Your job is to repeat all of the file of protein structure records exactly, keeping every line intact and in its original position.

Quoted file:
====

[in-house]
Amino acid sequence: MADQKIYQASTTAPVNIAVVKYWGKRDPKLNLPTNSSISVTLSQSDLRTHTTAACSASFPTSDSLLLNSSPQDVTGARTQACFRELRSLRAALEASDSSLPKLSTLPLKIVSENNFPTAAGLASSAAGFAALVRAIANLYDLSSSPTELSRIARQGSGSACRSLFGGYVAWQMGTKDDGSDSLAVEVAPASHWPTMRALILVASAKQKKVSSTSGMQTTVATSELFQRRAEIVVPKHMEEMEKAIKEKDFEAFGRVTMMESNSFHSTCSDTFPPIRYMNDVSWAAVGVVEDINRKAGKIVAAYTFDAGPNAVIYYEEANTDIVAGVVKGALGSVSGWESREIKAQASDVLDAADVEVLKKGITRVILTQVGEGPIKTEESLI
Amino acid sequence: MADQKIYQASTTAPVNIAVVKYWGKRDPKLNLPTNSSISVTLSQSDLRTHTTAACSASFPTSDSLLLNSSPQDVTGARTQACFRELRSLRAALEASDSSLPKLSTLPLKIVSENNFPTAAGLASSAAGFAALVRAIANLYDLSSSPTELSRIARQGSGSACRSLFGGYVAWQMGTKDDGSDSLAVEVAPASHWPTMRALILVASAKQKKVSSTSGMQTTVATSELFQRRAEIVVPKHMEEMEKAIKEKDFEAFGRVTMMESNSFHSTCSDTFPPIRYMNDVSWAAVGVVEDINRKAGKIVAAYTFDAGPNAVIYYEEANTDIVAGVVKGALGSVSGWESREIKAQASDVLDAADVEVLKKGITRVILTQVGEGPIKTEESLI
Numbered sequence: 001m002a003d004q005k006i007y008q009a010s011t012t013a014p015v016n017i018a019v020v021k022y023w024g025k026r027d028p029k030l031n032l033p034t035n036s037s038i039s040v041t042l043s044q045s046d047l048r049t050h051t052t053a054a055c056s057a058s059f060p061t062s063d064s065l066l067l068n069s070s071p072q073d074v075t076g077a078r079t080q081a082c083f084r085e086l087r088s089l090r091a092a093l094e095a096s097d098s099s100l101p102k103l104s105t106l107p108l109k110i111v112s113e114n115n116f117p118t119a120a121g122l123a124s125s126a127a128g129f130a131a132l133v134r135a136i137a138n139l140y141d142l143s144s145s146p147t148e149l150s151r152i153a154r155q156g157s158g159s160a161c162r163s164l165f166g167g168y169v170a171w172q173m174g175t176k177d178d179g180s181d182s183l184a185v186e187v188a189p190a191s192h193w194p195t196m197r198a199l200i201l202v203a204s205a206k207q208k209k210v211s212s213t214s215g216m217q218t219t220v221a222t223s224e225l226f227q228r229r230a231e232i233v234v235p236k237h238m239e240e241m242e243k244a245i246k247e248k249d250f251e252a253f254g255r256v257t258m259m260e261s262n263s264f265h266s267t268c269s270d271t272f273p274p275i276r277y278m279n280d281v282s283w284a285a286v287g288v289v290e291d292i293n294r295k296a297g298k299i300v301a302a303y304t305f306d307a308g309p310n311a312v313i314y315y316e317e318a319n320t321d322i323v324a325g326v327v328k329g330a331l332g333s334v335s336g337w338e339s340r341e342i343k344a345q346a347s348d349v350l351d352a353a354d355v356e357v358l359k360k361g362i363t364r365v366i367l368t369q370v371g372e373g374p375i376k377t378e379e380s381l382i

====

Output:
[in-house]
Amino acid sequence: MADQKIYQASTTAPVNIAVVKYWGKRDPKLNLPTNSSISVTLSQSDLRTHTTAACSASFPTSDSLLLNSSPQDVTGARTQACFRELRSLRAALEASDSSLPKLSTLPLKIVSENNFPTAAGLASSAAGFAALVRAIANLYDLSSSPTELSRIARQGSGSACRSLFGGYVAWQMGTKDDGSDSLAVEVAPASHWPTMRALILVASAKQKKVSSTSGMQTTVATSELFQRRAEIVVPKHMEEMEKAIKEKDFEAFGRVTMMESNSFHSTCSDTFPPIRYMNDVSWAAVGVVEDINRKAGKIVAAYTFDAGPNAVIYYEEANTDIVAGVVKGALGSVSGWESREIKAQASDVLDAADVEVLKKGITRVILTQVGEGPIKTEESLI
Amino acid sequence: MADQKIYQASTTAPVNIAVVKYWGKRDPKLNLPTNSSISVTLSQSDLRTHTTAACSASFPTSDSLLLNSSPQDVTGARTQACFRELRSLRAALEASDSSLPKLSTLPLKIVSENNFPTAAGLASSAAGFAALVRAIANLYDLSSSPTELSRIARQGSGSACRSLFGGYVAWQMGTKDDGSDSLAVEVAPASHWPTMRALILVASAKQKKVSSTSGMQTTVATSELFQRRAEIVVPKHMEEMEKAIKEKDFEAFGRVTMMESNSFHSTCSDTFPPIRYMNDVSWAAVGVVEDINRKAGKIVAAYTFDAGPNAVIYYEEANTDIVAGVVKGALGSVSGWESREIKAQASDVLDAADVEVLKKGITRVILTQVGEGPIKTEESLI
Numbered sequence: 001m002a003d004q005k006i007y008q009a010s011t012t013a014p015v016n017i018a019v020v021k022y023w024g025k026r027d028p029k030l031n032l033p034t035n036s037s038i039s040v041t042l043s044q045s046d047l048r049t050h051t052t053a054a055c056s057a058s059f060p061t062s063d064s065l066l067l068n069s070s071p072q073d074v075t076g077a078r079t080q081a082c083f084r085e086l087r088s089l090r091a092a093l094e095a096s097d098s099s100l101p102k103l104s105t106l107p108l109k110i111v112s113e114n115n116f117p118t119a120a121g122l123a124s125s126a127a128g129f130a131a132l133v134r135a136i137a138n139l140y141d142l143s144s145s146p147t148e149l150s151r152i153a154r155q156g157s158g159s160a161c162r163s164l165f166g167g168y169v170a171w172q173m174g175t176k177d178d179g180s181d182s183l184a185v186e187v188a189p190a191s192h193w194p195t196m197r198a199l200i201l202v203a204s205a206k207q208k209k210v211s212s213t214s215g216m217q218t219t220v221a222t223s224e225l226f227q228r229r230a231e232i233v234v235p236k237h238m239e240e241m242e243k244a245i246k247e248k249d250f251e252a253f254g255r256v257t258m259m260e261s262n263s264f265h266s267t268c269s270d271t272f273p274p275i276r277y278m279n280d281v282s283w284a285a286v287g288v289v290e291d292i293n294r295k296a297g298k299i300v301a302a303y304t305f306d307a308g309p310n311a312v313i314y315y316e317e318a319n320t321d322i323v324a325g326v327v328k329g330a331l332g333s334v335s336g337w338e339s340r341e342i343k344a345q346a347s348d349v350l351d352a353a354d355v356e357v358l359k360k361g362i363t364r365v366i367l368t369q370v371g372e373g374p375i376k377t378e379e380s381l382i